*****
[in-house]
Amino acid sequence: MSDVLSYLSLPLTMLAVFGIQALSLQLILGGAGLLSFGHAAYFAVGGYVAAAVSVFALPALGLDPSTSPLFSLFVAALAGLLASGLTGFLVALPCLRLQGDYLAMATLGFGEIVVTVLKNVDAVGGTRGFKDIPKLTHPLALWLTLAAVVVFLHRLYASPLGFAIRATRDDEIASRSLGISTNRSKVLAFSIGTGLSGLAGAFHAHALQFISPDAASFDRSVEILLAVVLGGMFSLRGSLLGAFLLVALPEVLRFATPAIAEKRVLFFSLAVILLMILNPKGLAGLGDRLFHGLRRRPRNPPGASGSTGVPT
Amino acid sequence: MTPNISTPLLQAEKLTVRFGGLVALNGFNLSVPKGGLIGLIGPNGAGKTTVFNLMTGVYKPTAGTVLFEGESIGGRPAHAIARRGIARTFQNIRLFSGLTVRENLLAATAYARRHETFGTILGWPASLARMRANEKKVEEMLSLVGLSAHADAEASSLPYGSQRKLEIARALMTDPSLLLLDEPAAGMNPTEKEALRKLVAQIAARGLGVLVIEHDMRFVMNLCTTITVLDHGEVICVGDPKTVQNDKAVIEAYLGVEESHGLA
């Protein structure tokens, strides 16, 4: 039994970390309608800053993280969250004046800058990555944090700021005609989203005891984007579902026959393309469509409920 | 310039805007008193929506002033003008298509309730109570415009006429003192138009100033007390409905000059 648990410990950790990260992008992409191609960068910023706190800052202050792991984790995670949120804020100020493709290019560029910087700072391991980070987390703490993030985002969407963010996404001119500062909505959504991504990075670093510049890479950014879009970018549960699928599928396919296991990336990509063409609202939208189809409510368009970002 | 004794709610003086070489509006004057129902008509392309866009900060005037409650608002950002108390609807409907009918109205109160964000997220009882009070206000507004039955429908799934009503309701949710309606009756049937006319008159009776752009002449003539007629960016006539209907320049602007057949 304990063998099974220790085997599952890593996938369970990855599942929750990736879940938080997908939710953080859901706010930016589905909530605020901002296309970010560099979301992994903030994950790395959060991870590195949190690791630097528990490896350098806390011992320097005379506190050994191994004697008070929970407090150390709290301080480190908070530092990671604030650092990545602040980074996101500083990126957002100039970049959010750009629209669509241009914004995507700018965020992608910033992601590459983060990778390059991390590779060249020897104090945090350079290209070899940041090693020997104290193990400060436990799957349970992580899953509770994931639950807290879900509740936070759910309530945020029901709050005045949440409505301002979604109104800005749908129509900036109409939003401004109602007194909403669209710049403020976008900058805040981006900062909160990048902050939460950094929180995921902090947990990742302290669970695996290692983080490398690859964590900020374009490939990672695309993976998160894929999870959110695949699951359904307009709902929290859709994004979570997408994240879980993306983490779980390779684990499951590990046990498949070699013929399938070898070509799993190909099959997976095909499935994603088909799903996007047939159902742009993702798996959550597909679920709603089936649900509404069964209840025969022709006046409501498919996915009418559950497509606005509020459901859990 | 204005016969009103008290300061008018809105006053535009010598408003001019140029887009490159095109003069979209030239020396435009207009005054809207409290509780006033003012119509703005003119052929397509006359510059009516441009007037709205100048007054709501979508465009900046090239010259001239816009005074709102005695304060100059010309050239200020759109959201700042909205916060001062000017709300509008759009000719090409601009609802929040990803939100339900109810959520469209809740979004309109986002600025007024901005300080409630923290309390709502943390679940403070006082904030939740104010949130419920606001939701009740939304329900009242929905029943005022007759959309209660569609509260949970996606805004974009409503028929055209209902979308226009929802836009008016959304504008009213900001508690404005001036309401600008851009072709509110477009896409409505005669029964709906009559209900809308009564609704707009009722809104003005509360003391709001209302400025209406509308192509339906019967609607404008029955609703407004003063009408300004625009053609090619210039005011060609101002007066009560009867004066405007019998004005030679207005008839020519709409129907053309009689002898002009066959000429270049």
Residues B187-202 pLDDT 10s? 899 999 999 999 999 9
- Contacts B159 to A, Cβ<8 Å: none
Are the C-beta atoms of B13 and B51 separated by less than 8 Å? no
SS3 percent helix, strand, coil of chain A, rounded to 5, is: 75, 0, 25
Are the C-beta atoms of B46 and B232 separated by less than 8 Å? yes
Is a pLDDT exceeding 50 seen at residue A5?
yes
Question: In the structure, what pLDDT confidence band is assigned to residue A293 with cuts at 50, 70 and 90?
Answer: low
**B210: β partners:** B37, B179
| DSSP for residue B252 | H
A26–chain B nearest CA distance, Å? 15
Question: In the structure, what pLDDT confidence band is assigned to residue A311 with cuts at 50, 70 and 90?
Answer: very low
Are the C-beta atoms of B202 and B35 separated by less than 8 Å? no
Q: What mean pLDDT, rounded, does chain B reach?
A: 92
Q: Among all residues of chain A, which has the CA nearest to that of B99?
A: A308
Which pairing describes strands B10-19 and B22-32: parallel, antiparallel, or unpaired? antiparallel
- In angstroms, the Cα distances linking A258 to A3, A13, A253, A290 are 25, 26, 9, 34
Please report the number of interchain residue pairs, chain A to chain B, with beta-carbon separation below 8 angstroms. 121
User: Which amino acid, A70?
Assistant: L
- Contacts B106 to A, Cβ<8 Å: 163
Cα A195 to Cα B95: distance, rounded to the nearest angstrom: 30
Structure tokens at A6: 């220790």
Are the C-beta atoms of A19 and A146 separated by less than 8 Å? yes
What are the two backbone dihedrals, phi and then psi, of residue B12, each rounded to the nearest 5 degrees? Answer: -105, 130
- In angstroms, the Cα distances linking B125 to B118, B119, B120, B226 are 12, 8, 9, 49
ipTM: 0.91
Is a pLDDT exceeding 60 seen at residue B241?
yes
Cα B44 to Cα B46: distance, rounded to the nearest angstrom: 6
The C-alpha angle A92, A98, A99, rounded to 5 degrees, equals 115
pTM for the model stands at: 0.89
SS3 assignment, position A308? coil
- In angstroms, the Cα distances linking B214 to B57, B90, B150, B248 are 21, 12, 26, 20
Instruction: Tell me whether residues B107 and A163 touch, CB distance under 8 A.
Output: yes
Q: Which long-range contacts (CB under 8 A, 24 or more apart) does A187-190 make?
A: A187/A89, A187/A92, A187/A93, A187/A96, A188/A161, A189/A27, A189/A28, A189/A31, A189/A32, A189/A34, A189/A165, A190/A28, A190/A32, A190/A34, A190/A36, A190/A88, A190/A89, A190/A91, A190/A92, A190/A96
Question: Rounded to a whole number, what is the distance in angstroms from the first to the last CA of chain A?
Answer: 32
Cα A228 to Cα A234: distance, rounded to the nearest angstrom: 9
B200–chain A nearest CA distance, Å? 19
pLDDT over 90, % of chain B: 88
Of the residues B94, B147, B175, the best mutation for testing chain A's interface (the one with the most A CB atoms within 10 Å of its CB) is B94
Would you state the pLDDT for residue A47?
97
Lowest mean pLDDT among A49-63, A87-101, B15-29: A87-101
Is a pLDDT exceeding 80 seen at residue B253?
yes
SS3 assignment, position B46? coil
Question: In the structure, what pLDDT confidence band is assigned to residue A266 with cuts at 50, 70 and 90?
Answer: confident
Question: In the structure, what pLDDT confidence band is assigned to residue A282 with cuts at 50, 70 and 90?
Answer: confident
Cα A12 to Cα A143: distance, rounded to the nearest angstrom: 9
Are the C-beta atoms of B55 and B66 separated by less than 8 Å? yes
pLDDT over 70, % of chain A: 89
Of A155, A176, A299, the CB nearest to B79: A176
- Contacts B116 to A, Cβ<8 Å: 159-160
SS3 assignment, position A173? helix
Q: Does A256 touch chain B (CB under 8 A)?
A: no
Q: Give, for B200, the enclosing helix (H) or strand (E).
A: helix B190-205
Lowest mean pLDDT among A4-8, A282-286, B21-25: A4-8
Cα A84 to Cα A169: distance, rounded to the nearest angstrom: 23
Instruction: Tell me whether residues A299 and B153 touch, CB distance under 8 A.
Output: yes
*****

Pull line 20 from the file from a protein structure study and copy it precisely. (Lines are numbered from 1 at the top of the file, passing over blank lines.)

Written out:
Q: What mean pLDDT, rounded, does chain B reach?